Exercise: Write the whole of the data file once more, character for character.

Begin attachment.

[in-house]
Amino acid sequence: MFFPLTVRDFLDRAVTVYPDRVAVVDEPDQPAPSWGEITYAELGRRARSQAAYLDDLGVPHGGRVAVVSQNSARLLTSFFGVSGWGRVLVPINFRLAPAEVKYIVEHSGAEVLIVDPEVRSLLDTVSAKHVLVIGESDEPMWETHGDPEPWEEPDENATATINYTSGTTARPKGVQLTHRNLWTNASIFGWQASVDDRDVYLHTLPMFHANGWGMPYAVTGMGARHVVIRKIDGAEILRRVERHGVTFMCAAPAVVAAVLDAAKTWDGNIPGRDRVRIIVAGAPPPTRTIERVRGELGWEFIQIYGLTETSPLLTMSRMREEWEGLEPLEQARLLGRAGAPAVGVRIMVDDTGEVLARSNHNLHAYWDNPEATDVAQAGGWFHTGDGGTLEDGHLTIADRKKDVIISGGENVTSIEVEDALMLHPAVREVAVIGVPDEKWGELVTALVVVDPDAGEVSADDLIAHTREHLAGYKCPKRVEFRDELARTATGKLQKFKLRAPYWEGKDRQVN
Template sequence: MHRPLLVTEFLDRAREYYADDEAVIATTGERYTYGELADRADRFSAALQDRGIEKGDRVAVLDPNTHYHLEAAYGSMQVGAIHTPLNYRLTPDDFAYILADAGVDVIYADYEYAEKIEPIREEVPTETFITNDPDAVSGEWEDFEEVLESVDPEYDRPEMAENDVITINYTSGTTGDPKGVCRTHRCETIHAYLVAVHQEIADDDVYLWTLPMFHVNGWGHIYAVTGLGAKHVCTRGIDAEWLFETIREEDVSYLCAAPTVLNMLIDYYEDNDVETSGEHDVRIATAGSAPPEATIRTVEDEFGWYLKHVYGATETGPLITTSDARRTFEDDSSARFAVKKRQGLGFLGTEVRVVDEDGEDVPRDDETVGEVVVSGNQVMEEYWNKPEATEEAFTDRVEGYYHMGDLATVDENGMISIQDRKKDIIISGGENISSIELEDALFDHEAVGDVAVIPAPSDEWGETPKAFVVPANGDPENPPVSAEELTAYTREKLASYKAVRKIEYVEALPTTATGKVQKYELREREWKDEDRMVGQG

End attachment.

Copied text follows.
[in-house]
Amino acid sequence: MFFPLTVRDFLDRAVTVYPDRVAVVDEPDQPAPSWGEITYAELGRRARSQAAYLDDLGVPHGGRVAVVSQNSARLLTSFFGVSGWGRVLVPINFRLAPAEVKYIVEHSGAEVLIVDPEVRSLLDTVSAKHVLVIGESDEPMWETHGDPEPWEEPDENATATINYTSGTTARPKGVQLTHRNLWTNASIFGWQASVDDRDVYLHTLPMFHANGWGMPYAVTGMGARHVVIRKIDGAEILRRVERHGVTFMCAAPAVVAAVLDAAKTWDGNIPGRDRVRIIVAGAPPPTRTIERVRGELGWEFIQIYGLTETSPLLTMSRMREEWEGLEPLEQARLLGRAGAPAVGVRIMVDDTGEVLARSNHNLHAYWDNPEATDVAQAGGWFHTGDGGTLEDGHLTIADRKKDVIISGGENVTSIEVEDALMLHPAVREVAVIGVPDEKWGELVTALVVVDPDAGEVSADDLIAHTREHLAGYKCPKRVEFRDELARTATGKLQKFKLRAPYWEGKDRQVN
Template sequence: MHRPLLVTEFLDRAREYYADDEAVIATTGERYTYGELADRADRFSAALQDRGIEKGDRVAVLDPNTHYHLEAAYGSMQVGAIHTPLNYRLTPDDFAYILADAGVDVIYADYEYAEKIEPIREEVPTETFITNDPDAVSGEWEDFEEVLESVDPEYDRPEMAENDVITINYTSGTTGDPKGVCRTHRCETIHAYLVAVHQEIADDDVYLWTLPMFHVNGWGHIYAVTGLGAKHVCTRGIDAEWLFETIREEDVSYLCAAPTVLNMLIDYYEDNDVETSGEHDVRIATAGSAPPEATIRTVEDEFGWYLKHVYGATETGPLITTSDARRTFEDDSSARFAVKKRQGLGFLGTEVRVVDEDGEDVPRDDETVGEVVVSGNQVMEEYWNKPEATEEAFTDRVEGYYHMGDLATVDENGMISIQDRKKDIIISGGENISSIELEDALFDHEAVGDVAVIPAPSDEWGETPKAFVVPANGDPENPPVSAEELTAYTREKLASYKAVRKIEYVEALPTTATGKVQKYELREREWKDEDRMVGQG